With a particularly varied landscape, the Peak District is often considered to have two halves, separated mostly by their geology. The Dark Peak features shale and grit-stone, whereas the White Peak is predominantly light coloured limestone. The two regions are very distinct and yet, are located very close to each other.
8. The Peak District is easily accessed
Being central in England, the Peak District is only a short journey from the majority of the nation. For example someone could conceivably travel from London to the heart of this national park in under 3 hours. Visitors from Manchester could be there in less than 45 minutes! The central nature of the Peak District helps to attract more than 13 million visitors each year.
9. It’s a haven for cyclists
The countless trails and off-road cycle routes provide cyclists with miles and miles of traffic-free enjoyment. Many bike hire centres can be found dotted around for those who are looking for a day of escapism with their loved ones while improving their health and fitness.
10. Open-access land makes up more than 200 square miles of the Peak District
There are parts of the countryside where the public has a right to freely explore and exercise their “right to roam”, and the Peak District has this in abundance. This freedom helps attract those visitors with an urge to explore the landscape without following defined routes or trails. This open access land makes up more then 200 square miles of the Peak District.
11. The Peak District is home to 2900 listed buildings
There are around 2900 buildings that are considered to be of great significance to the historical culture of the area and also the country within the Peak District. Chatsworth House and Haddon Hall are two of the most significant buildings in this category. They have played a huge part in the history of the area, and are a great place to visit!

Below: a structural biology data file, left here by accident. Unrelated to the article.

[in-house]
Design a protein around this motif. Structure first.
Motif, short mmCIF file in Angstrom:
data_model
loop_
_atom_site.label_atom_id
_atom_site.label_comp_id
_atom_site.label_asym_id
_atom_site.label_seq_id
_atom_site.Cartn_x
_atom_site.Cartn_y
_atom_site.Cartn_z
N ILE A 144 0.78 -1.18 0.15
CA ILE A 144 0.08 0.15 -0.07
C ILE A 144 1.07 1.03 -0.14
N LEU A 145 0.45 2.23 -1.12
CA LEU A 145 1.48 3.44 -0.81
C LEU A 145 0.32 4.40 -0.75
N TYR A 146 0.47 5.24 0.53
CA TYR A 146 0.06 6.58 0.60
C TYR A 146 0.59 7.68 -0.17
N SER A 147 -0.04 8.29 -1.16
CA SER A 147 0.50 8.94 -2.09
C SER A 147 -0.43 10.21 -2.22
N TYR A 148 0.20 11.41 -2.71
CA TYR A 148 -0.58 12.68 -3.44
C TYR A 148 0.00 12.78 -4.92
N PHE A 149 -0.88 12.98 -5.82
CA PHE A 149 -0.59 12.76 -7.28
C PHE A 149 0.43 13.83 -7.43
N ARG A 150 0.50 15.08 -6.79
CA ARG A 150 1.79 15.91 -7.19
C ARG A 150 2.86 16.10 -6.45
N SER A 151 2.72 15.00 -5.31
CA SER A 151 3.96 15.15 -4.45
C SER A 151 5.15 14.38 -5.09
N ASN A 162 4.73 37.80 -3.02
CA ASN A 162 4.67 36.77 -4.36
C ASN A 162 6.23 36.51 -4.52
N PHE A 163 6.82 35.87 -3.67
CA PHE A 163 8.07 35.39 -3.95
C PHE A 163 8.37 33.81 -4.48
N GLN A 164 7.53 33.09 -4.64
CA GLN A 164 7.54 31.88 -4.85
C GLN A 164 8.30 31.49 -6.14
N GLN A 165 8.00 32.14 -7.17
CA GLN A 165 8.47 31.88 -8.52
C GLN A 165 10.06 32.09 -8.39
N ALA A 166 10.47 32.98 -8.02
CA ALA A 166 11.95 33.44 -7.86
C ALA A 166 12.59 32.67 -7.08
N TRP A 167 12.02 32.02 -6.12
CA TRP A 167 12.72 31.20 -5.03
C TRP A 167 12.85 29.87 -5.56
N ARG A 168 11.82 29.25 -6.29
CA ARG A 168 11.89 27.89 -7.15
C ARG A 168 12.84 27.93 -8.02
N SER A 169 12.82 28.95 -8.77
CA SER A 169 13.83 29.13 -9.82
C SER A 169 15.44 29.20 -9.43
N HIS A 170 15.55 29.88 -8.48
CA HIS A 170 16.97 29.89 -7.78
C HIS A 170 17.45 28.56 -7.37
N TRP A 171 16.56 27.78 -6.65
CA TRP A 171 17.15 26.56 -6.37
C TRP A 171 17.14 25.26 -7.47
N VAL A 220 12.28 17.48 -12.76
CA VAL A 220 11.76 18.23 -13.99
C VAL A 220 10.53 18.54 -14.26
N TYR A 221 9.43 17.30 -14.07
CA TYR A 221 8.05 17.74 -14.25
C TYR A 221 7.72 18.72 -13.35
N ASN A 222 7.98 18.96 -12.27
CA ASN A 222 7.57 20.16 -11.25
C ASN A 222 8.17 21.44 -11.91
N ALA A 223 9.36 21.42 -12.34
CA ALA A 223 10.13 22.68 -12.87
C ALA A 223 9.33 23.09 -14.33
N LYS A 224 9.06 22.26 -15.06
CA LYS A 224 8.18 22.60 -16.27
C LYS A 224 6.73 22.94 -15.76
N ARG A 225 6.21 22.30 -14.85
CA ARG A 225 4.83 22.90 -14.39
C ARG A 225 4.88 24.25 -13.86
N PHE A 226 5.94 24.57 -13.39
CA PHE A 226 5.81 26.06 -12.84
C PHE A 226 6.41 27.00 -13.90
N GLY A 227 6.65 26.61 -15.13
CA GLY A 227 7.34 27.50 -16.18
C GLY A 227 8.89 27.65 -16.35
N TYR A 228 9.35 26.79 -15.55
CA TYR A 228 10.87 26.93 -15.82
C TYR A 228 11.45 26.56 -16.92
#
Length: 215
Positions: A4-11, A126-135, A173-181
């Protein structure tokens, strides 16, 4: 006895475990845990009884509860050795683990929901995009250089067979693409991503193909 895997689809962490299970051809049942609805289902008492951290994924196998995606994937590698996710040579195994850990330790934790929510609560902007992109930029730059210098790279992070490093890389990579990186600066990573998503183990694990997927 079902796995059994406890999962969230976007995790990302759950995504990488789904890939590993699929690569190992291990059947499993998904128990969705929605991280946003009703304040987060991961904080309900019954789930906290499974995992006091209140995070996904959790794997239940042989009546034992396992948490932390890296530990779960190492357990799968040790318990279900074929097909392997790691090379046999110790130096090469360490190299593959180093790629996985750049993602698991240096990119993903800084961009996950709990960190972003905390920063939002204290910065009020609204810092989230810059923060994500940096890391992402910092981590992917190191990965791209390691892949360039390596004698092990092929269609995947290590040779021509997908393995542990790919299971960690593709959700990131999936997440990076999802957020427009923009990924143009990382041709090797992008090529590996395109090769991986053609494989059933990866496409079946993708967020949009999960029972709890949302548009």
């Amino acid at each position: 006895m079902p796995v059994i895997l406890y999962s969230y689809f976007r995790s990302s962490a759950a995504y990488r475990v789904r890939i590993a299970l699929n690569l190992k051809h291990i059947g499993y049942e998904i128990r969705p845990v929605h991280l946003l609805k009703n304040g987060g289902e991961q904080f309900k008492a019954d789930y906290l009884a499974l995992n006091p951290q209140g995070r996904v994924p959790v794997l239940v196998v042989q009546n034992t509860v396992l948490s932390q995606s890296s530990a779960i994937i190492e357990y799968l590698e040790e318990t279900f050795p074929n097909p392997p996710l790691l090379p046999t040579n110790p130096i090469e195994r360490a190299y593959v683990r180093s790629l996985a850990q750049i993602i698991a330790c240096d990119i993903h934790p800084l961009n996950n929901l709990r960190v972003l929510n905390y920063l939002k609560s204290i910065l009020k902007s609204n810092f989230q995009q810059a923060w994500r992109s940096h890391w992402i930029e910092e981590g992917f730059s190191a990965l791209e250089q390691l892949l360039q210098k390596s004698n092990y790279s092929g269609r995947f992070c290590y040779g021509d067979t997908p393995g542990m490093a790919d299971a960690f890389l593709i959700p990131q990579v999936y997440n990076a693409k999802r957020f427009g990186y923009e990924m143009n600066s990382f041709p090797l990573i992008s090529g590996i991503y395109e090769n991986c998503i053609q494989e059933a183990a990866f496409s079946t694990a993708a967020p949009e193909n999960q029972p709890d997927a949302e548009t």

12. Nearly 90% is farmland
With over 1800 farms, grazing cattle, sheep and other animals are a common sight across the landscape. The products produced by farms in the national park are eligible to be sold with a “Peak District Produce” label, a common sight throughout the markets of the area.
This area has been home to farmers of sorts for in excess of 5000 years with early neolithic settlements being situated here.
13. A distinctive custom of the Peak District is the “Well-dressing”
Believed to have originated as a Pagan ceremony whereby the villagers would show gratitude to the gods for providing fresh water. The annual tradition involves covering wells with petals and leaves crafted into elaborate designs and eye catching scenes. These ceremonies are common in villages in and around the Peak District, usually occurring in April and May.
14. The Peak District has a famous geothermal spring
The final of our Peak District facts is that the town of Buxton (as well as being the highest market town in the country) is home to one of the few geothermal springs in Britain. The water in this spring surfaces at a 28°C. The water from this spring is bottled nearby and distributed all across the world as “Buxton Mineral Water”. Visitors to the spring are welcome to fill their own water bottles here free of charge.
For more posts about travel, holiday recommendations and fascinating facts, check out some of the other posts on Place Ranger!